Author Archives: Mikaela Gross

The de Havilland v. FX Networks, LLC Appeal: Round 2 Goes to FX

On Monday a California appeals court handed down a decision in the closely watched case of de Havilland v. FX Networks, LLC et al., triggering a collective sigh of relief from studios, networks, and other content producers. The court’s decision reaffirms two widely recognized principles: (1) that the First Amendment’s protection of creative works is not limited by the mere fact that a work generates income, and (2) that an individual cannot censor the way in which she is depicted in a creative work merely because she does not like that depiction.

These principles, as applied to the entertainment industry, have been challenged in recent years with a wave of cases such as de Havilland.  For instance, a case in New York, Porco v. Lifetime Entertainment Services, LLC, was allowed to proceed after an appellate court held that the newsworthiness exception to New York’s statutory right of publicity did not apply to a docudrama that substantially fictionalized the life story of a real person.  The court stated that such a work was “mainly a product of the imagination” and thus “nothing more than [an] attempt[] to trade on the persona of the plaintiff.” Continue reading

ARCHIE MD, INC. V. ELSEVIER, INC.: Court Permits Copyright Claim To Proceed Despite Error In Registration Application

For many copyright owners, especially those attempting to register works of visual arts, determining whether a work is published or unpublished for registration purposes is one of the more challenging issues and an impediment to registration. The U.S. District Court for the Southern District of New York, in Archie MD, Inc. v. Elsevier, Inc., No. 16-CV-6614 (JSR), 2017 WL 3601180 (S.D.N.Y. Aug. 20, 2017) recently clarified the standard by which a copyright registration may be considered valid despite containing inaccurate information.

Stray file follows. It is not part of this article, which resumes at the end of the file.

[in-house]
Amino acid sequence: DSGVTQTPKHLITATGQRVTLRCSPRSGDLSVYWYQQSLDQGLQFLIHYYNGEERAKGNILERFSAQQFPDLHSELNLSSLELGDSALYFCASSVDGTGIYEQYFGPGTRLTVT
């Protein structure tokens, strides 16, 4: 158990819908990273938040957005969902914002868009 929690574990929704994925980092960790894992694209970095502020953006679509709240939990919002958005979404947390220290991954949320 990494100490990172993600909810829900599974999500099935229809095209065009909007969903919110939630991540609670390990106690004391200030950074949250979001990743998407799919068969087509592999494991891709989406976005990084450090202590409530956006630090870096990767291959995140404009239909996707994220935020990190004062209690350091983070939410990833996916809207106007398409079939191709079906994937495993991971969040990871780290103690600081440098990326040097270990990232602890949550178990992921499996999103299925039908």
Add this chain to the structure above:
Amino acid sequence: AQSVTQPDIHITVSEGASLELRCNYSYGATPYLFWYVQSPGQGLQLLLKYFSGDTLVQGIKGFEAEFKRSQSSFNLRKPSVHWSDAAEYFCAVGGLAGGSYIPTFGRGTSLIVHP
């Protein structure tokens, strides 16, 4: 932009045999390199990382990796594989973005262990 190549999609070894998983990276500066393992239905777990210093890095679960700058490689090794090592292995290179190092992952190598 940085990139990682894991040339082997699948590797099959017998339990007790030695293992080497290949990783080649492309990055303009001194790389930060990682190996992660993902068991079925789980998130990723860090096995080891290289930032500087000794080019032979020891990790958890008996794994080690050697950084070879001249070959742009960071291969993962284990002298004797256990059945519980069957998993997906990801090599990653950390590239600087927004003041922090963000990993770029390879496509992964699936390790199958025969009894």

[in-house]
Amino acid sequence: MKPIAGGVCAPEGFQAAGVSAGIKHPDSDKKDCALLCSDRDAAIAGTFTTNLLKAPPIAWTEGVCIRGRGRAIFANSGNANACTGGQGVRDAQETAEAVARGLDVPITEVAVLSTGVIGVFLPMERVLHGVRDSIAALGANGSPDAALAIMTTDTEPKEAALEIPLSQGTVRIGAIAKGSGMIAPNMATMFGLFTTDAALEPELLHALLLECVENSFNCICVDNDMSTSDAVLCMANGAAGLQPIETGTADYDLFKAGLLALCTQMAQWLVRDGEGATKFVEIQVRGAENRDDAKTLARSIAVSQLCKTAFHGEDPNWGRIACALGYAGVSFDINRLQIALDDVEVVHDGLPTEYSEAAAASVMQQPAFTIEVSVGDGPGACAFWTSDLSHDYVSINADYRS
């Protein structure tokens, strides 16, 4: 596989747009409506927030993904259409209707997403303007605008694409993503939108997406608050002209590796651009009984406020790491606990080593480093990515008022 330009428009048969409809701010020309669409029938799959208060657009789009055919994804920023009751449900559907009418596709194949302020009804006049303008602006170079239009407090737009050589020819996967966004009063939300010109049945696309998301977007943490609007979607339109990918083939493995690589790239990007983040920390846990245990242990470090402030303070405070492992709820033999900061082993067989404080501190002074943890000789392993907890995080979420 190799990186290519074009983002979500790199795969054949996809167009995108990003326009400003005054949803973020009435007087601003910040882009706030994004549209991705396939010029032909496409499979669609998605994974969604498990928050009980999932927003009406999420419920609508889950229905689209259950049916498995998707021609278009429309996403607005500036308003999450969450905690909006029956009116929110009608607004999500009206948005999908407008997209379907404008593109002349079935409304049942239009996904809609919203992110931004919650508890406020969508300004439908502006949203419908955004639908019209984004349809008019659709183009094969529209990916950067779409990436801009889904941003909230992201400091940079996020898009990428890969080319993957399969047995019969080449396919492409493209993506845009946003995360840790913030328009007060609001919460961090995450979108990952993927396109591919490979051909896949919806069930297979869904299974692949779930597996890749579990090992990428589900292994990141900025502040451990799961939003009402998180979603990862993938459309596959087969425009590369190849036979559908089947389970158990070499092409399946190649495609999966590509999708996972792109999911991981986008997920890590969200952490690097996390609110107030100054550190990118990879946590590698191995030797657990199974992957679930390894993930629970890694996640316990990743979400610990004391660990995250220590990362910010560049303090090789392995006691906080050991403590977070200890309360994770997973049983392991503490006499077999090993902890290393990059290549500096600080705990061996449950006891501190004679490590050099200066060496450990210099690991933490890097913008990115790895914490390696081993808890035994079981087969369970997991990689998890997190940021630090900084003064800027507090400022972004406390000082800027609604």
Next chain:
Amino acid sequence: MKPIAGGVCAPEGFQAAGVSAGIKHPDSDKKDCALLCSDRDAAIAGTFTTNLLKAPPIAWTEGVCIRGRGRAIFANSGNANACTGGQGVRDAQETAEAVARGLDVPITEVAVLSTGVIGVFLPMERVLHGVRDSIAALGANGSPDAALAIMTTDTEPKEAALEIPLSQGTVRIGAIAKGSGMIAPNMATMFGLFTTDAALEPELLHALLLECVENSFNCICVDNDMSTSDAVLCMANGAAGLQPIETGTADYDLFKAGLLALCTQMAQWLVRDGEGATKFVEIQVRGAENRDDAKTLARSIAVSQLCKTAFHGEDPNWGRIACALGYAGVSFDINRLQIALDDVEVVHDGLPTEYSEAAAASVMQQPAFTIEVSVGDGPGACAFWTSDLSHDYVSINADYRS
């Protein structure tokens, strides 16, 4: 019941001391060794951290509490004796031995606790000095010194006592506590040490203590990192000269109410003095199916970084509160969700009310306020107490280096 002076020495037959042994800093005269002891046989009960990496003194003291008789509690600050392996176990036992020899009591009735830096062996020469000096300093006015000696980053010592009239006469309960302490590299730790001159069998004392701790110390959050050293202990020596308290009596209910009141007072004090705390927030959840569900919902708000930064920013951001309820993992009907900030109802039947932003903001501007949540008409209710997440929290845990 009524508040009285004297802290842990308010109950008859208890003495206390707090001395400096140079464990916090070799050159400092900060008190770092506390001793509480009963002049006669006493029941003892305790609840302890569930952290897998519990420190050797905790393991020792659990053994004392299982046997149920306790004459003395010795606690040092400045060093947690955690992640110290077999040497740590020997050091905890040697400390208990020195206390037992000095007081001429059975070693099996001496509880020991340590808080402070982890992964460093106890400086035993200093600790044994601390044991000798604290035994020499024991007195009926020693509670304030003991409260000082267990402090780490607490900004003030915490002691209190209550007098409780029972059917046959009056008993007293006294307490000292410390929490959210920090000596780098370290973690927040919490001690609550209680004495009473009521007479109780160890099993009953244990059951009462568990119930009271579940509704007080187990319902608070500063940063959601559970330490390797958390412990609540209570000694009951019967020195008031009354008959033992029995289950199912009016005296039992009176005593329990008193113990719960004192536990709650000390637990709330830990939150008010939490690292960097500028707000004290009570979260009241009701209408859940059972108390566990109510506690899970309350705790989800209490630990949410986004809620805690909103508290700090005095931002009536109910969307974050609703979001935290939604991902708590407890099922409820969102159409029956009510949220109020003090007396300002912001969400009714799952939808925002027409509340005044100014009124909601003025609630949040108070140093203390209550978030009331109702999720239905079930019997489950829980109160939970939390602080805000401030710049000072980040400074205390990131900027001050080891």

In 2005, Archie MD, Inc. entered into an Animation License Agreement (“ALA”) with the publisher Elsevier, Inc., under which Elsevier would license Archie’s library of 3-D medical animations for use in its various publications. About two weeks after entering into the ALA, and after Archie had delivered the works to Elsevier, Archie submitted a single copyright registration application for a group of unpublished works. This registration included the work at issue in this case, an animation entitled “Cell Differentiation.” The Copyright Office eventually registered the group of works on August 15, 2005. Continue reading